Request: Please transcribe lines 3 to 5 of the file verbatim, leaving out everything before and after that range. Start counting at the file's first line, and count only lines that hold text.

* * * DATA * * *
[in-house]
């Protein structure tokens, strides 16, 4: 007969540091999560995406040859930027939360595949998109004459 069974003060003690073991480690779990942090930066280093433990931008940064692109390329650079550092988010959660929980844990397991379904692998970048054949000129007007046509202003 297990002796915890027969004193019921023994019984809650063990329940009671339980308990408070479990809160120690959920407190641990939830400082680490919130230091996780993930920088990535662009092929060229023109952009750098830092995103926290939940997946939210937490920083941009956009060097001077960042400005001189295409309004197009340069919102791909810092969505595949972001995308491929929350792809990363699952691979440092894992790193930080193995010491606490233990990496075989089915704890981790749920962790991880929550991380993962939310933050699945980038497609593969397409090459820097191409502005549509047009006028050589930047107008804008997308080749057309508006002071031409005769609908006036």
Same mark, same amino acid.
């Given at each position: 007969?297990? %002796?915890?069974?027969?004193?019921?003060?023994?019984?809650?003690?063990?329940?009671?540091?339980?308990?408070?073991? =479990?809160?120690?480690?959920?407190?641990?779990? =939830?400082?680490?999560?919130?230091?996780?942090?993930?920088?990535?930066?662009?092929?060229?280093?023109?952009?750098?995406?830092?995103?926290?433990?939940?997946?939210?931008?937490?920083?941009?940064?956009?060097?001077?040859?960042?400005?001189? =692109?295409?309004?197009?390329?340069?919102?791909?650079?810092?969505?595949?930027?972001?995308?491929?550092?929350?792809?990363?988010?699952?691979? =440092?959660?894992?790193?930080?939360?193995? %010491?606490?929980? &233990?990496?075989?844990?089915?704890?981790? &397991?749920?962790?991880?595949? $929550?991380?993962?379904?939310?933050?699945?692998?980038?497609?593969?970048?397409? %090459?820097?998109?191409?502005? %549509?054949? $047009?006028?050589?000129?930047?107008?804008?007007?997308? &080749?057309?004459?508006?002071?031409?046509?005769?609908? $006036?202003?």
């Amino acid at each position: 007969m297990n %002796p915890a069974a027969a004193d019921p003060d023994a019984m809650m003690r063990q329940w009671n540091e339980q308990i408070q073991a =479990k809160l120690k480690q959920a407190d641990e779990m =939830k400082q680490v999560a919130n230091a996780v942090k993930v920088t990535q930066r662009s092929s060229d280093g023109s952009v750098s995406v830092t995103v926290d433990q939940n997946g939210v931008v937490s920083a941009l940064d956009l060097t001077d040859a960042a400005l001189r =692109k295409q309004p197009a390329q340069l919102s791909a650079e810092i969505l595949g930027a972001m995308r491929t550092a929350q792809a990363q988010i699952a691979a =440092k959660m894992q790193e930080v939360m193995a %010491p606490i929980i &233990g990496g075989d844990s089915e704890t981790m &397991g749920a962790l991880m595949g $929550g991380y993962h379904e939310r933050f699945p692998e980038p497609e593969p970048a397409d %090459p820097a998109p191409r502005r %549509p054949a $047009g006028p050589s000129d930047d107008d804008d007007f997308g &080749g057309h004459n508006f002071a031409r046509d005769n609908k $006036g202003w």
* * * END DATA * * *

Same mark, same amino acid.
């Given at each position: 007969?297990? %002796?915890?069974?027969?004193?019921?003060?023994?019984?809650?003690?063990?329940?009671?540091?339980?308990?408070?073991? =479990?809160?120690?480690?959920?407190?641990?779990? =939830?400082?680490?999560?919130?230091?996780?942090?993930?920088?990535?930066?662009?092929?060229?280093?023109?952009?750098?995406?830092?995103?926290?433990?939940?997946?939210?931008?937490?920083?941009?940064?956009?060097?001077?040859?960042?400005?001189? =692109?295409?309004?197009?390329?340069?919102?791909?650079?810092?969505?595949?930027?972001?995308?491929?550092?929350?792809?990363?988010?699952?691979? =440092?959660?894992?790193?930080?939360?193995? %010491?606490?929980? &233990?990496?075989?844990?089915?704890?981790? &397991?749920?962790?991880?595949? $929550?991380?993962?379904?939310?933050?699945?692998?980038?497609?593969?970048?397409? %090459?820097?998109?191409?502005? %549509?054949? $047009?006028?050589?000129?930047?107008?804008?007007?997308? &080749?057309?004459?508006?002071?031409?046509?005769?609908? $006036?202003?």
């Amino acid at each position: 007969m297990n %002796p915890a069974a027969a004193d019921p003060d023994a019984m809650m003690r063990q329940w009671n540091e339980q308990i408070q073991a =479990k809160l120690k480690q959920a407190d641990e779990m =939830k400082q680490v999560a919130n230091a996780v942090k993930v920088t990535q930066r662009s092929s060229d280093g023109s952009v750098s995406v830092t995103v926290d433990q939940n997946g939210v931008v937490s920083a941009l940064d956009l060097t001077d040859a960042a400005l001189r =692109k295409q309004p197009a390329q340069l919102s791909a650079e810092i969505l595949g930027a972001m995308r491929t550092a929350q792809a990363q988010i699952a691979a =440092k959660m894992q790193e930080v939360m193995a %010491p606490i929980i &233990g990496g075989d844990s089915e704890t981790m &397991g749920a962790l991880m595949g $929550g991380y993962h379904e939310r933050f699945p692998e980038p497609e593969p970048a397409d %090459p820097a998109p191409r502005r %549509p054949a $047009g006028p050589s000129d930047d107008d804008d007007f997308g &080749g057309h004459n508006f002071a031409r046509d005769n609908k $006036g202003w």